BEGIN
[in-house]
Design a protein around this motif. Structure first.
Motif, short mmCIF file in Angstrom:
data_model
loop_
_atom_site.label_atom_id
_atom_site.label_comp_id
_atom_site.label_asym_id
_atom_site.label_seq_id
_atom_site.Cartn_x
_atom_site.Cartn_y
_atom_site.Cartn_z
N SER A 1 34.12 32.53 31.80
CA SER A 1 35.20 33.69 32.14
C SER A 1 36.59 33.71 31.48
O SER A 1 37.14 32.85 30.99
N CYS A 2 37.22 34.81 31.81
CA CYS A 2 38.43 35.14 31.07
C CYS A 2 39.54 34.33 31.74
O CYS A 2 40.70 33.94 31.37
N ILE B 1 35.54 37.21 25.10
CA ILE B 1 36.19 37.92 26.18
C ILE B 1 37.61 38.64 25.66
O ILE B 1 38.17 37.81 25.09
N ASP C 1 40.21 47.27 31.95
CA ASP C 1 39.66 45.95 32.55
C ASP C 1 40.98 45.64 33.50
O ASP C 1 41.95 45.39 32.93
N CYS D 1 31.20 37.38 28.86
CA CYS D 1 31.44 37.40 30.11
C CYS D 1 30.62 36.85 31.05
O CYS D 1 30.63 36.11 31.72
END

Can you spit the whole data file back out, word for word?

[in-house]
Design a protein around this motif. Structure first.
Motif, short mmCIF file in Angstrom:
data_model
loop_
_atom_site.label_atom_id
_atom_site.label_comp_id
_atom_site.label_asym_id
_atom_site.label_seq_id
_atom_site.Cartn_x
_atom_site.Cartn_y
_atom_site.Cartn_z
N SER A 1 34.12 32.53 31.80
CA SER A 1 35.20 33.69 32.14
C SER A 1 36.59 33.71 31.48
O SER A 1 37.14 32.85 30.99
N CYS A 2 37.22 34.81 31.81
CA CYS A 2 38.43 35.14 31.07
C CYS A 2 39.54 34.33 31.74
O CYS A 2 40.70 33.94 31.37
N ILE B 1 35.54 37.21 25.10
CA ILE B 1 36.19 37.92 26.18
C ILE B 1 37.61 38.64 25.66
O ILE B 1 38.17 37.81 25.09
N ASP C 1 40.21 47.27 31.95
CA ASP C 1 39.66 45.95 32.55
C ASP C 1 40.98 45.64 33.50
O ASP C 1 41.95 45.39 32.93
N CYS D 1 31.20 37.38 28.86
CA CYS D 1 31.44 37.40 30.11
C CYS D 1 30.62 36.85 31.05
O CYS D 1 30.63 36.11 31.72